Introduction: This exercise is an interesting and interactive way to discuss a wide variety of coping skills as a group. The expected outcome of this exercise is for group members to help one another by sharing how to use various coping strategies while learning about new skills for areas where one may be lacking and need improvement. This is done through an open interchange of ideas as a group. This group can be done in person or virtually through telehealth. Also, this group can be done repeatedly over time because when clients come up with new problems to discuss, the outcome of using this group format changes from one time to the next.
Directions: First, everyone list a few stressors in their life to potentially discuss. Two or three is good for each person, but if someone is struggling, they should be able to try to contribute at least one. In person, the group leader can track the list of stressors on the board to make a master list. Done virtually over telehealth, everyone should message their ideas to the rest of the group using the chat feature. Everyone then can access the list by viewing the group chat box on telehealth
There are two recommendations for coming up with stressors to discuss:
Be specific – For example, don’t just say “Anger”, but instead elaborate specifically about what makes you angry, for example “Dealing with anger and frustration when my parents constantly nag me and make false accusations about me”
Format the wording of your stressor so that the group is prepared to discuss coping skills. Some suggested phrases for stressors are:
Coping with ______(Stressor)
Finding ways to _____
Getting help for _____
Learning to cope with _____
The counselor/group leader and others in attendance (co-facilitators/interns, etc.) should be invited to add to the list as well with some of their own ideas which will help the list grow so there are plenty of choices
Next, after everyone in the group has added at least 1 to 3 stressors to discuss to the overall group list, the group should begin discussing these issues in the following manner:
Everyone in the group is encouraged to participate and take their turn when it comes around. Start with a volunteer who is willing to go first. When it is someone’s turn, that person should review the overall group stressor list carefully and choose one that he or she feels proficient at using in their own life. Keep in mind what it means to be proficient. (Review this as a group)
Proficient – adj – Skilled, advanced, competent
If someone is proficient in an area, then he or she should be able to explain it in simple terms so that others can understand it. Einstein said it well with the following quote:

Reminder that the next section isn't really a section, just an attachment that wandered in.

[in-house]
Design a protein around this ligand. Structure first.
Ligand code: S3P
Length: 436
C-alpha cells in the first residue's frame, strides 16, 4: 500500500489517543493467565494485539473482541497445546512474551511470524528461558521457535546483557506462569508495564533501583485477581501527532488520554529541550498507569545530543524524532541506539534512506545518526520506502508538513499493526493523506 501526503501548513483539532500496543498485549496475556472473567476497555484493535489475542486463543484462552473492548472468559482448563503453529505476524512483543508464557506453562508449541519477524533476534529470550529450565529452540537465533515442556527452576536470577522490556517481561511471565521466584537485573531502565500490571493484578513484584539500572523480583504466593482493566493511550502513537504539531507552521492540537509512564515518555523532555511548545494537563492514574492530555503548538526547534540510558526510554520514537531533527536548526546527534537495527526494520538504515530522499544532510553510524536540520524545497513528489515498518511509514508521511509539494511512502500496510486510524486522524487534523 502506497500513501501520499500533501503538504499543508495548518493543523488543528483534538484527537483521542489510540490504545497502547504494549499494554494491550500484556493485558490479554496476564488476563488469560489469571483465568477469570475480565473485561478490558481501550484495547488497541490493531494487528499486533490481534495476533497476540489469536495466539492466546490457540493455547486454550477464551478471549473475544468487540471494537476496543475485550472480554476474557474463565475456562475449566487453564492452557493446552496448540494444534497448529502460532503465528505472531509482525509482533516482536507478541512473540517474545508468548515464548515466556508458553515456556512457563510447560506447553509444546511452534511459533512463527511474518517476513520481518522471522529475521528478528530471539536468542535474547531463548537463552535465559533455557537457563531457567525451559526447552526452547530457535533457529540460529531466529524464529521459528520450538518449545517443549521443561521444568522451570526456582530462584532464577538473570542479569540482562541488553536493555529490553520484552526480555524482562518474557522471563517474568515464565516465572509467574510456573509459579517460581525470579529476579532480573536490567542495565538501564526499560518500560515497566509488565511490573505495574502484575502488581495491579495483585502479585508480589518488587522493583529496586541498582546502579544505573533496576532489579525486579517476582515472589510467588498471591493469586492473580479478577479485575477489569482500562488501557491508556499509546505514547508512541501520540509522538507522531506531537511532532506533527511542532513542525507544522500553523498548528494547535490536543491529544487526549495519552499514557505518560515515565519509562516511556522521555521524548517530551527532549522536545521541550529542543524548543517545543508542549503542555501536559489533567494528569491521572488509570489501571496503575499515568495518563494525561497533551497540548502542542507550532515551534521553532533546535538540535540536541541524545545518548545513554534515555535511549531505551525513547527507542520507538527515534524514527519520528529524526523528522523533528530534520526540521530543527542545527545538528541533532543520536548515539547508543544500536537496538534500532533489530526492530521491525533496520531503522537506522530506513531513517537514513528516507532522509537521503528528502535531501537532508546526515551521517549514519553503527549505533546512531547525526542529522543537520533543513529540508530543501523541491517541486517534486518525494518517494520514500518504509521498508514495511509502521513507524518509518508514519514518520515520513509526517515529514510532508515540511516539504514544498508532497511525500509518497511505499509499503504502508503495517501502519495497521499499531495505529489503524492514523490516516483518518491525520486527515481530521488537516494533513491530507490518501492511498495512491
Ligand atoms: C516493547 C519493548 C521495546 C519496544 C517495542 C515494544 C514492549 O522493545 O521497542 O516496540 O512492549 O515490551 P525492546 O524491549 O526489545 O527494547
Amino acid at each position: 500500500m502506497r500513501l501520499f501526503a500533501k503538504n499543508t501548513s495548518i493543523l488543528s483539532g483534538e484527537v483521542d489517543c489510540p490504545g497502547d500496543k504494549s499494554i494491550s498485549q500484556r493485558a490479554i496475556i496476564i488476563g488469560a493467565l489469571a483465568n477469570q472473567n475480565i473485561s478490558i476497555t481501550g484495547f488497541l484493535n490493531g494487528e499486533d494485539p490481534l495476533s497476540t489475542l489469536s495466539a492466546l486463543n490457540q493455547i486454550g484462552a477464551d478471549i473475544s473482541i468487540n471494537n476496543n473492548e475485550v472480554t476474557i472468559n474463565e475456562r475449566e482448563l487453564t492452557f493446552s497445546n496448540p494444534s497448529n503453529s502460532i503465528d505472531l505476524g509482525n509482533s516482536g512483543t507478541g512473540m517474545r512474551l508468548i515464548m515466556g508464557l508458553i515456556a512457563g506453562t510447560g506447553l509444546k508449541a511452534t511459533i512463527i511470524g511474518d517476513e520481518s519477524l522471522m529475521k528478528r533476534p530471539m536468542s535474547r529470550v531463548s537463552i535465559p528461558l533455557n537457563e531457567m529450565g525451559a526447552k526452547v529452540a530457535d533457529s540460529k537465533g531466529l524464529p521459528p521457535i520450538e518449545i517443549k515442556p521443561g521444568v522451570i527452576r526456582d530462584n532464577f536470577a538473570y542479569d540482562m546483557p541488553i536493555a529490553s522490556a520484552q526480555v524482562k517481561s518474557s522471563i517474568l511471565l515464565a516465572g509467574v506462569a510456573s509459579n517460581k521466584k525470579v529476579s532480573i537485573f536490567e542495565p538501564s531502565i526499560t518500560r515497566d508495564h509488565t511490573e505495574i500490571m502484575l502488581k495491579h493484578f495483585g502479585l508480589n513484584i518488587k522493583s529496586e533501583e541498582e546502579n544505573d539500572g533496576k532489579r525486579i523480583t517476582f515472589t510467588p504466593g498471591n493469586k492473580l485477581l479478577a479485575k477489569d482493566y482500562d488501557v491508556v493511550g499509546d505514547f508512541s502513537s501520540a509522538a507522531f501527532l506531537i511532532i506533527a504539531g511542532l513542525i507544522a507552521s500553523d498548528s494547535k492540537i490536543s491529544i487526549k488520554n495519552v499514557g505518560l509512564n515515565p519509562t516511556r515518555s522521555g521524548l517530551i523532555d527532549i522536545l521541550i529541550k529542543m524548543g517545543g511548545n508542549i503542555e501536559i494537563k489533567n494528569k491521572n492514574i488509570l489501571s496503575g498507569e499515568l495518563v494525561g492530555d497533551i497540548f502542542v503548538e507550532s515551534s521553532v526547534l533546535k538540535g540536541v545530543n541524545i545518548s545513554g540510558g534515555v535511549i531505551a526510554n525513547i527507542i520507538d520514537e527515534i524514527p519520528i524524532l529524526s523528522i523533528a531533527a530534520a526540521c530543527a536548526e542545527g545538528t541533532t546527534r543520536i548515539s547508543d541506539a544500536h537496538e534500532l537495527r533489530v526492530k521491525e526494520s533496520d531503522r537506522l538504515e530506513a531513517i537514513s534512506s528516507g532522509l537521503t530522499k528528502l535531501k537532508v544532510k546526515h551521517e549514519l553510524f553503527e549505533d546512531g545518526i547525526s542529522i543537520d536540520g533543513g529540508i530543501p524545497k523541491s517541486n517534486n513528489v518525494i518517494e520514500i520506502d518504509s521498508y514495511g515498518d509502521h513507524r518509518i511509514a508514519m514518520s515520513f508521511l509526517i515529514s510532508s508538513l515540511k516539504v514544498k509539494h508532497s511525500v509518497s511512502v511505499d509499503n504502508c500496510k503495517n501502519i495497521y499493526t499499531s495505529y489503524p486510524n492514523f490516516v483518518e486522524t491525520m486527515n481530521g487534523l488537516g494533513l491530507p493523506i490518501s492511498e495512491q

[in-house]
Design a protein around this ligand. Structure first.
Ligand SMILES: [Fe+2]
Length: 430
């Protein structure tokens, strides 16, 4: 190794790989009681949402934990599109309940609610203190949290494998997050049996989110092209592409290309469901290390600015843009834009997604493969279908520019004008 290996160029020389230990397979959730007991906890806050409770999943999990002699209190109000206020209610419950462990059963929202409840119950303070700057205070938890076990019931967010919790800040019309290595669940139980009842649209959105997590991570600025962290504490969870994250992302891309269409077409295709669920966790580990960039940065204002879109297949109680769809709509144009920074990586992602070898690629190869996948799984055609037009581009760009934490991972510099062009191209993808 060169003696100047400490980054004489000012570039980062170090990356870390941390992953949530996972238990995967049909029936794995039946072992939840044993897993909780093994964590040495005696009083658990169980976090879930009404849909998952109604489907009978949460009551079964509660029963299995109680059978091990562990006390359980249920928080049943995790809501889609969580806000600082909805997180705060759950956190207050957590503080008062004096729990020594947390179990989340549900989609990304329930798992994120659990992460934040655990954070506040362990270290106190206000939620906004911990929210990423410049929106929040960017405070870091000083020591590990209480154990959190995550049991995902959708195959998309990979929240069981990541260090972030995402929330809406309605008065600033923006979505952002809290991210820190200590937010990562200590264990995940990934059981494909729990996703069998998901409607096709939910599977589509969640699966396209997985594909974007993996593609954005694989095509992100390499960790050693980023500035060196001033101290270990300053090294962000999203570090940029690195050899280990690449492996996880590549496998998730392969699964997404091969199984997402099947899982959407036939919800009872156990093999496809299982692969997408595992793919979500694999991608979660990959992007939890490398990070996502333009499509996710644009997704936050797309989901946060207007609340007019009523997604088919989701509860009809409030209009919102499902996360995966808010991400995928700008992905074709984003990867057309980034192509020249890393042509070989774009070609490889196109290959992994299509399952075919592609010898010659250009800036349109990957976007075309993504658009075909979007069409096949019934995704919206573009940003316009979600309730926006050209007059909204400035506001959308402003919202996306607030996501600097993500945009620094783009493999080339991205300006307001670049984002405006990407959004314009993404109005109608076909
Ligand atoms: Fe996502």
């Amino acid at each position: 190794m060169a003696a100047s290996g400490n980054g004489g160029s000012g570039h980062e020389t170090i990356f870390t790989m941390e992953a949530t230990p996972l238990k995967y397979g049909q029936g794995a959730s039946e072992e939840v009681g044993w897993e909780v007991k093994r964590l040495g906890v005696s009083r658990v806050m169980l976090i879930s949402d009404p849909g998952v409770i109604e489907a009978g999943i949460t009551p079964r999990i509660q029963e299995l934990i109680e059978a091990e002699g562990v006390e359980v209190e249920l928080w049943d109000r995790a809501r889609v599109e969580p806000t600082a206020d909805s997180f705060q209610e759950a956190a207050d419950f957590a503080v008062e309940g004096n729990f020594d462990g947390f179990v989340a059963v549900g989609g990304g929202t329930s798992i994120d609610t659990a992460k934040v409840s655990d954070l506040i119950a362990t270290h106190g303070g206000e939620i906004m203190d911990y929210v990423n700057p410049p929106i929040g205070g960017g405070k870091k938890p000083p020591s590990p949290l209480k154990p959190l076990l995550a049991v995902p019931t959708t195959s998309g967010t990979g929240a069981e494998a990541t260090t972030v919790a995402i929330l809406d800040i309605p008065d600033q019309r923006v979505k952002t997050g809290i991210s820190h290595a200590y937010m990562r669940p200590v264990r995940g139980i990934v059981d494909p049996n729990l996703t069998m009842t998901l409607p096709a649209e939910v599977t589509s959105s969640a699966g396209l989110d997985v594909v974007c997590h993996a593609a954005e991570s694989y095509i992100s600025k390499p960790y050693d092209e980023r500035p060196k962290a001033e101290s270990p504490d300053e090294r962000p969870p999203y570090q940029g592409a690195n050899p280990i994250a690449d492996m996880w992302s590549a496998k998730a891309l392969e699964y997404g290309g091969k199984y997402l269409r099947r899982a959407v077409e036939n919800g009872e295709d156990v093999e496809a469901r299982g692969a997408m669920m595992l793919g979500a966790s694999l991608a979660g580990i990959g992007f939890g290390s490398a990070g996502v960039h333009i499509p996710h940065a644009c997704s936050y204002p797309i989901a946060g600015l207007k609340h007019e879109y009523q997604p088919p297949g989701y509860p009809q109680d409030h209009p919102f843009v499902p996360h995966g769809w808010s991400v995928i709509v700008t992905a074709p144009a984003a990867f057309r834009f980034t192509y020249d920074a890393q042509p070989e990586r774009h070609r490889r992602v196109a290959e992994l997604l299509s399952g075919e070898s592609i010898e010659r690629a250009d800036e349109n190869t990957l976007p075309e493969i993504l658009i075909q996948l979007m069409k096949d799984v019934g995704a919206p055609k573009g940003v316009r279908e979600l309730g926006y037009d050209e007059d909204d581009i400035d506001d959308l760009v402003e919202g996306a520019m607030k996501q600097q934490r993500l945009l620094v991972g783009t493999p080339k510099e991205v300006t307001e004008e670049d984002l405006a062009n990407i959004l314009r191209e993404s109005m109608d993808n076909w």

Once the group member who has their turn has chosen a stressor to discuss, the floor is theirs and that person should be given a few minutes to explain how they cope with that stressor by describing what skills and supports they use and how they use them personally. Again, be specific and everyone should do their best to explain the coping skills that they use for the stressor in a way that others in the group can learn.
The counselor/group leader has the right of “Counselor Redirection” – This would only be necessary if someone gives unhealthy or unsafe advice to the rest of the group. An example of something unsafe: “I cope with work stress by drinking a pint of vodka then get on my motorcycle and go 100mph down the highway – The adrenaline really helps me get my mind off of things”. Another example of an inappropriate answer: “I deal with my emotions when my family is getting on my case by going out and either picking a fight with the first person who looks at me funny and beating them to a pulp or by randomly vandalizing peoples cars or houses”
Finally, it would be helpful if someone played the role of “tracker” by keeping track of some of the coping skills and supports discussed by the group. Also, it would be helpful to note which areas no one picked as areas of proficiency as possible areas for future group education
When enough people have had a turn sharing in the Coping Circle the group can process the following discussion questions at the end as a group:
First, the person who was tracking coping skills and supports discussed by the group should review the list with the group so the group can again get an overview of all the good skills everyone is already using effectively. Then answer the following questions as a group with everyone encouraged to share and participate:
How did it feel to share your expertise when it was your turn?
Did one of your personal stressors get picked as an area of discussion? If yes, what do you think about the feedback and advice given for that stressor? What did you appreciate?
What are some coping skills that you heard about today from anyone else in the group, that you may like to give a try yourself in the future?
Finally, what stressors did not get picked by the group. Discuss as a group how perhaps some of these areas can be future topics of education and discussion for the group
For more group activities like this
visit Taking the Escalator